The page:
Positive cumulative $N$ | 0.44 | 0.27 |

Outside one std of $S$ mean | 0.17 | 0.05 |

Outside one std of $L$ mean | 0.16 | 0.10 |

Outside one std of $B$ mean | 0.19 | 0.13 |

Outside one std of $D$ mean | 0.17 | 0.06 |

Outside one std of $N$ mean | 0.11 | 0.05 |

At least one term outside one std of mean | 0.32 | 0.20 |

. | Enstrophy increase . | Enstrophy decrease . |
---|---|---|

Fraction of trajectories | 0.28 | 0.72 |

Positive cumulative $S$ | 0.99 | 0.98 |

Positive cumulative $L$ | 0.17 | 0.05 |

Positive cumulative $B$ | 0.82 | 0.79 |

Positive cumulative $D$ | 0.01 | 0.01 |

Positive cumulative $N$ | 0.44 | 0.27 |

Outside one std of $S$ mean | 0.17 | 0.05 |

Outside one std of $L$ mean | 0.16 | 0.10 |

Outside one std of $B$ mean | 0.19 | 0.13 |

Outside one std of $D$ mean | 0.17 | 0.06 |

Outside one std of $N$ mean | 0.11 | 0.05 |

At least one term outside one std of mean | 0.32 | 0.20 |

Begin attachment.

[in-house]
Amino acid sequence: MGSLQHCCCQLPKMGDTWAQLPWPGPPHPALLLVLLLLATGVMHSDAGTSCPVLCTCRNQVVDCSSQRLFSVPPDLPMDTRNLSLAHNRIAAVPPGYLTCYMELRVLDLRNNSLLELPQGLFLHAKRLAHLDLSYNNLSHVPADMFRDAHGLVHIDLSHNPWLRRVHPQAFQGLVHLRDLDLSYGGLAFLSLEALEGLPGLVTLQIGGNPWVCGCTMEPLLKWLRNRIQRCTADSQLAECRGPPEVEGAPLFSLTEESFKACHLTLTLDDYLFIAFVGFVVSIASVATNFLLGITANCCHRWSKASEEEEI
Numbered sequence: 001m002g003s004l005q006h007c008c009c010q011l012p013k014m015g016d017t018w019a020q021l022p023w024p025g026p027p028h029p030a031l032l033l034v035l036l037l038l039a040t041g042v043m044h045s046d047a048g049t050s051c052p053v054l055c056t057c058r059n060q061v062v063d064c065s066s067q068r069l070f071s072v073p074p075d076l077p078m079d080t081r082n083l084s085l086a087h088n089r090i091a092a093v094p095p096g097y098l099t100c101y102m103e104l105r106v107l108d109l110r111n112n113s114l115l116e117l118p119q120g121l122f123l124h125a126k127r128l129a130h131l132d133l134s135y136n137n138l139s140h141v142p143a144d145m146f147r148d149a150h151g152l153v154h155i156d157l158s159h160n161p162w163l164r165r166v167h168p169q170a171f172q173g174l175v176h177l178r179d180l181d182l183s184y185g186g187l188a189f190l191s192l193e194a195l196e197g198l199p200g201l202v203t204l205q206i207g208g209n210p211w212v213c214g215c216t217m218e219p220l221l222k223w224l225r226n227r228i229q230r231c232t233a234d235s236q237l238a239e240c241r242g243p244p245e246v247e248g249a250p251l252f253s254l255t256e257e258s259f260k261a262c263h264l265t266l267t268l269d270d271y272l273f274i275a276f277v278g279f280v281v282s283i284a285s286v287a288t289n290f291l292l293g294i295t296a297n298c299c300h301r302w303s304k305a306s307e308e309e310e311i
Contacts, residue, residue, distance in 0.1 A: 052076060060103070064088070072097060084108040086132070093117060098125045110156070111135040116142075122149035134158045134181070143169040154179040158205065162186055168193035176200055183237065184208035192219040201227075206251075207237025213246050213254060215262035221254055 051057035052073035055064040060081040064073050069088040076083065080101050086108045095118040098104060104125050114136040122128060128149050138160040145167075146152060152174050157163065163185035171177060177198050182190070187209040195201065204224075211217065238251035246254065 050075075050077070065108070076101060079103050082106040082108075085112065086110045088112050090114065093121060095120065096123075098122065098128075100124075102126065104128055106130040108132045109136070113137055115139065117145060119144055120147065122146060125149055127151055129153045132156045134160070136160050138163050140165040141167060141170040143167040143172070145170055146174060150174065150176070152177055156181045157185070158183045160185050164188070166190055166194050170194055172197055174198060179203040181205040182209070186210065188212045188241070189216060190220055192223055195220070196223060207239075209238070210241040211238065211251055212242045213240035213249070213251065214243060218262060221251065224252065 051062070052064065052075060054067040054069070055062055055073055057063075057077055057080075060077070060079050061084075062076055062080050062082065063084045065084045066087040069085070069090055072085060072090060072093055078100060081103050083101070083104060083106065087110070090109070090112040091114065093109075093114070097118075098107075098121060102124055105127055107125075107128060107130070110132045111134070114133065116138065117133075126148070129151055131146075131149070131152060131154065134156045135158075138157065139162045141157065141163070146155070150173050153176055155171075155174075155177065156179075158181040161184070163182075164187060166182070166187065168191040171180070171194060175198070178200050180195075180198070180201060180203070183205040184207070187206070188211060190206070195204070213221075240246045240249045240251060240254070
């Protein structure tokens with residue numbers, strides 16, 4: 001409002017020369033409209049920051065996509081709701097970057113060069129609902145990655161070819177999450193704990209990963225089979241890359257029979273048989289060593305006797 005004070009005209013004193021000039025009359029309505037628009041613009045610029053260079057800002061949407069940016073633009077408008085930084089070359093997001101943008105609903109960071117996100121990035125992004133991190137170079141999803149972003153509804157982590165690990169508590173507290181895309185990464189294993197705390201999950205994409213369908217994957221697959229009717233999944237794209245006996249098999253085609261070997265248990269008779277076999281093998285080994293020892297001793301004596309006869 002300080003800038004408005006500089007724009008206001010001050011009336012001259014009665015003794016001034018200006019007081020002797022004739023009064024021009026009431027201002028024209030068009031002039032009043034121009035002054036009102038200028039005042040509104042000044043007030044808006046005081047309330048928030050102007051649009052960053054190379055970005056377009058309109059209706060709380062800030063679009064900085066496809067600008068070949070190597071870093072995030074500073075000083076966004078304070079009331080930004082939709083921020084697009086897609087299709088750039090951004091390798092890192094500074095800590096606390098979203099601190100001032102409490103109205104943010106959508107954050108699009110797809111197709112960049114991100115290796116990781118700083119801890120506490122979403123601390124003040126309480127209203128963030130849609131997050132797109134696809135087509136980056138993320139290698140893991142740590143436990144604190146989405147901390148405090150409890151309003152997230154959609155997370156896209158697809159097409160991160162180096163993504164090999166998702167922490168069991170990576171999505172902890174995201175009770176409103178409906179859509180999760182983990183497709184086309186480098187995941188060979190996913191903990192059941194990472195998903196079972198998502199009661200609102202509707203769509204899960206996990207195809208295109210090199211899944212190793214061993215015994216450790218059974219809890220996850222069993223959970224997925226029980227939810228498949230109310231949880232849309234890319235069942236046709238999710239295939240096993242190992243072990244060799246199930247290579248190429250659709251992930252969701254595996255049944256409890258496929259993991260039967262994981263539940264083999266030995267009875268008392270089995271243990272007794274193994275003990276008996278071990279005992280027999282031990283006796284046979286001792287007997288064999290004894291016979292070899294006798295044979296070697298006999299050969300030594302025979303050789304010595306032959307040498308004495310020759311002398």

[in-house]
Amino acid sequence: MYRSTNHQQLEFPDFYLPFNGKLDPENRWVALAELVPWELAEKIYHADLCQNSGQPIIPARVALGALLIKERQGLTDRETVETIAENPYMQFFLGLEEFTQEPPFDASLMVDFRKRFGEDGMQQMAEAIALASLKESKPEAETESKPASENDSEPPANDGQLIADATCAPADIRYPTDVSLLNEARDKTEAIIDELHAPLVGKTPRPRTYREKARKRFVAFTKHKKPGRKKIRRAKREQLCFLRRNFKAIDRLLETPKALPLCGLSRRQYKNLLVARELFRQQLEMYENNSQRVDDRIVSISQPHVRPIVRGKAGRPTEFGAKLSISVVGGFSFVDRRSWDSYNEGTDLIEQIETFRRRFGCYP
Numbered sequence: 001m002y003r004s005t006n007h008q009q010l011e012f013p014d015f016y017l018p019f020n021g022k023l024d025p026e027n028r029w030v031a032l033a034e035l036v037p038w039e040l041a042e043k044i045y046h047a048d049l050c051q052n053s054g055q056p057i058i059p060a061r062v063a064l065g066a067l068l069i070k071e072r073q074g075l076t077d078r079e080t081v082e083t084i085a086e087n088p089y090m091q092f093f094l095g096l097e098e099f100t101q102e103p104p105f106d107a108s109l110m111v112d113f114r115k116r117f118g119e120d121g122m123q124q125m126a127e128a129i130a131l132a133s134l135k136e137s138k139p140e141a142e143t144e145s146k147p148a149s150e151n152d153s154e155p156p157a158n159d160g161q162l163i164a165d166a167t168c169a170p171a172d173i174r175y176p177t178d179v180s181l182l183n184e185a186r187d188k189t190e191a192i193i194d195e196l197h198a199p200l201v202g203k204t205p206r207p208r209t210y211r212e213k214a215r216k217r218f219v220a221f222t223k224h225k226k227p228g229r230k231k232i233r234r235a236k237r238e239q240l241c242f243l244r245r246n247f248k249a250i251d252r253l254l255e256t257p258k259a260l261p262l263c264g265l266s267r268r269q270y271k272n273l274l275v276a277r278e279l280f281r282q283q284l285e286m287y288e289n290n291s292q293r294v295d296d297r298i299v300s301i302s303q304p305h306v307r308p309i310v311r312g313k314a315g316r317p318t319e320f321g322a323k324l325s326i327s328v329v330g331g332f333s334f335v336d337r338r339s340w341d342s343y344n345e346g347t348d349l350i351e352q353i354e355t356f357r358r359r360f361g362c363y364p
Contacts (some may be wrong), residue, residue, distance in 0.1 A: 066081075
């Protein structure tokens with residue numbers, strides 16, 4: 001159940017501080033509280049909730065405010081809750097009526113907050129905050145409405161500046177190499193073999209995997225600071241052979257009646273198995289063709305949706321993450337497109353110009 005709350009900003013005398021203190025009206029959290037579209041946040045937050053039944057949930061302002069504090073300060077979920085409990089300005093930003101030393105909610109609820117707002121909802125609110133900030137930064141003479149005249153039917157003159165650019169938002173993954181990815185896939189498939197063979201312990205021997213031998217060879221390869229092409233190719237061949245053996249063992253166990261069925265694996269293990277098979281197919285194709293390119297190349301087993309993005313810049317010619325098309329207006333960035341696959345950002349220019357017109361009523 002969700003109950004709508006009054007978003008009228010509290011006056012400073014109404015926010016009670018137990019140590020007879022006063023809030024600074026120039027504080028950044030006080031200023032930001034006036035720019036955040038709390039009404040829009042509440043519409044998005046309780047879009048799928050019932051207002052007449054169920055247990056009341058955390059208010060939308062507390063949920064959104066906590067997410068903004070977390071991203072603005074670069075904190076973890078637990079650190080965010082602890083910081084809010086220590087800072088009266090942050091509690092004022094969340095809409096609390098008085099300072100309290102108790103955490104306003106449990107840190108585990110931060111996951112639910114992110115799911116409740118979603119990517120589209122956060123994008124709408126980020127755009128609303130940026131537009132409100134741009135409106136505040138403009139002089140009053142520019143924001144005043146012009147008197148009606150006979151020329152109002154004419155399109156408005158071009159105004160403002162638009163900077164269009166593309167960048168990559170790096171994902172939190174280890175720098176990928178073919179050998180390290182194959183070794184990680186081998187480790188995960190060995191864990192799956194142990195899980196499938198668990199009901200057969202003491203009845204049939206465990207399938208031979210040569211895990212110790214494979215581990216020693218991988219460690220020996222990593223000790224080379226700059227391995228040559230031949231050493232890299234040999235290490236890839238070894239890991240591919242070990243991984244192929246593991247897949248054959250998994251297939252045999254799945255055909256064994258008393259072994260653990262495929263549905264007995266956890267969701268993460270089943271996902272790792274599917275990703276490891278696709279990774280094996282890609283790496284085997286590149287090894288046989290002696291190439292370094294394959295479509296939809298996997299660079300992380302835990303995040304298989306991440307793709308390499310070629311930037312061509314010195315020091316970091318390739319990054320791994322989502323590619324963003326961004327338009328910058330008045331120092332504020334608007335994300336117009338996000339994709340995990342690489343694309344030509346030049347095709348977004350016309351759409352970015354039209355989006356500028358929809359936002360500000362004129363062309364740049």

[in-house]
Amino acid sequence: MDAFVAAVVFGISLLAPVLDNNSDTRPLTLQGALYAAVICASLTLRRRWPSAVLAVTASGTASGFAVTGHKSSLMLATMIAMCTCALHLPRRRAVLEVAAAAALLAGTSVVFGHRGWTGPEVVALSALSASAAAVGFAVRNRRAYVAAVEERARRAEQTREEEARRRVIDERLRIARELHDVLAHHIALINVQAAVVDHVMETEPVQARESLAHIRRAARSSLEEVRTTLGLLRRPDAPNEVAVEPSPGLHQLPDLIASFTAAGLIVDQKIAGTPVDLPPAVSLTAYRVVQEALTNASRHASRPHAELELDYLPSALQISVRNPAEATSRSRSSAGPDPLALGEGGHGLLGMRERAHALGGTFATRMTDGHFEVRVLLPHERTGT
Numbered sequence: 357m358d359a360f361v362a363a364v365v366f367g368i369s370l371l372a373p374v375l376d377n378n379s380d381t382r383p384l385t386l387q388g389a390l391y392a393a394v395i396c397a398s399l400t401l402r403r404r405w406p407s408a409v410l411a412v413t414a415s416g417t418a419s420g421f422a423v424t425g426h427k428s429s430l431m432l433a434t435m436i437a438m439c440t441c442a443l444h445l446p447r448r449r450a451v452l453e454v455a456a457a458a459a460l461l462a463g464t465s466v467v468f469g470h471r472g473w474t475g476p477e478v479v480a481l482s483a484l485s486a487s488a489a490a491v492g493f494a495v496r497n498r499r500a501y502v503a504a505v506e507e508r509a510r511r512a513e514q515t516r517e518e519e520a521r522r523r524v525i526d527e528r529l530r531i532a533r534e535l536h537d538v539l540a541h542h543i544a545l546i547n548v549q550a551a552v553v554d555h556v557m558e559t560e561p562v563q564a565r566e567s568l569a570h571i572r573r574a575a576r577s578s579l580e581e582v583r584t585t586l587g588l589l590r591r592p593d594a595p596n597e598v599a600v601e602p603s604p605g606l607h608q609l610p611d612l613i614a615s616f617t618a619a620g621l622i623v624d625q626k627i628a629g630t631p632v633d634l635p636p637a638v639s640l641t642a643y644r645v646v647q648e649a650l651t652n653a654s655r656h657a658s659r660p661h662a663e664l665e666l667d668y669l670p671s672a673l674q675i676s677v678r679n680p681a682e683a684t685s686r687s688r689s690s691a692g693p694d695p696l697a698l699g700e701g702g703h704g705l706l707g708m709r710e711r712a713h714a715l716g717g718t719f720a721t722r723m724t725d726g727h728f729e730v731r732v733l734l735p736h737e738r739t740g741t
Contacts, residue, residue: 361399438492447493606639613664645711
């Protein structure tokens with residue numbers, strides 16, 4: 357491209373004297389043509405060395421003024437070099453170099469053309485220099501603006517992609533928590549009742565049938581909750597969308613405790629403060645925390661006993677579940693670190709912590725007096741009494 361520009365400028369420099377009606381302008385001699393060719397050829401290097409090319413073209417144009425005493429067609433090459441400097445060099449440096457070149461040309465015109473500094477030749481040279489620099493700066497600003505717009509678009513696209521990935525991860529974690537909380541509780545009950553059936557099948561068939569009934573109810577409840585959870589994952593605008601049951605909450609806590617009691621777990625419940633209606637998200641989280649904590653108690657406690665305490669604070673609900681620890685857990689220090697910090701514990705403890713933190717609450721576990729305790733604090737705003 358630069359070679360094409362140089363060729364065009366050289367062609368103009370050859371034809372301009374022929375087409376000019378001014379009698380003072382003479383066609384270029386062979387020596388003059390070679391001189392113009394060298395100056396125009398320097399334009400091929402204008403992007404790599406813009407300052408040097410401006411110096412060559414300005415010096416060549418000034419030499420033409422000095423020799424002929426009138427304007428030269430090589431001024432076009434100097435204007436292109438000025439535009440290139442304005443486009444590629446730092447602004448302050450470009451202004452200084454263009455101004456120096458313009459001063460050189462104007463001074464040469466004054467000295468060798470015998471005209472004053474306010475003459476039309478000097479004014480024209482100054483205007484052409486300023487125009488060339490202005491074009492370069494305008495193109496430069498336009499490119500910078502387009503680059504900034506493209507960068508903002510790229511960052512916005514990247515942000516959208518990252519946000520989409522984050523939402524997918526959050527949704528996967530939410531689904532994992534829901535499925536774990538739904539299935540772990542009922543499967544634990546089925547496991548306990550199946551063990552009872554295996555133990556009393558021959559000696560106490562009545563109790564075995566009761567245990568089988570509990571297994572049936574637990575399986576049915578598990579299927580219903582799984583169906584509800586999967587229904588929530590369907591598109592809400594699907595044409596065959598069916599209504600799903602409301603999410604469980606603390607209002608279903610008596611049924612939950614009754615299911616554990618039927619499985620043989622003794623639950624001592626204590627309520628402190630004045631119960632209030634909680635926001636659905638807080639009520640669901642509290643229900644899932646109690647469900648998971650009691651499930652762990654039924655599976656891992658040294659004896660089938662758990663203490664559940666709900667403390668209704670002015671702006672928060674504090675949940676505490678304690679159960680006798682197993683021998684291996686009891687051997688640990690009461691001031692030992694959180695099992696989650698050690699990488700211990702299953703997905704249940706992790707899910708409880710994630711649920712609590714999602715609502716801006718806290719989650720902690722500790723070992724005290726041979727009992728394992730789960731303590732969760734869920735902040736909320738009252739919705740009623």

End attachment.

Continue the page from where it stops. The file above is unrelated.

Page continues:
Table III indicates that, among the trajectories that increase in enstrophy, all show a greater fraction of positive cumulative budget effects except for the viscous transport term, which is roughly equivalent to the set of trajectories that decreased in enstrophy. Additionally, for all budget terms, a greater fraction of cumulative effects lie outside one standard deviation of the mean for trajectories that increase in enstrophy when compared to those that decrease. Furthermore, the fraction of trajectories with at least one term outside a single standard deviation of the mean is roughly 1.6 times greater than the fraction amongst trajectories with decreasing enstrophy. This suggests that these less common but large contributions are associated with increases in enstrophy along a trajectory during the combustion process. The importance of these extreme values suggests a connection between enstrophy production during combustion and turbulence intermittency, whereby large values of velocity gradient quantities are observed with increasing probability (as compared to Gaussian probabilities) for increasing Reynolds number.^{43} Thus, although enstrophy production is not observed on average, there are locally large instances of enstrophy production during the combustion process, leading to an overall increase in enstrophy in more than a quarter of the trajectories.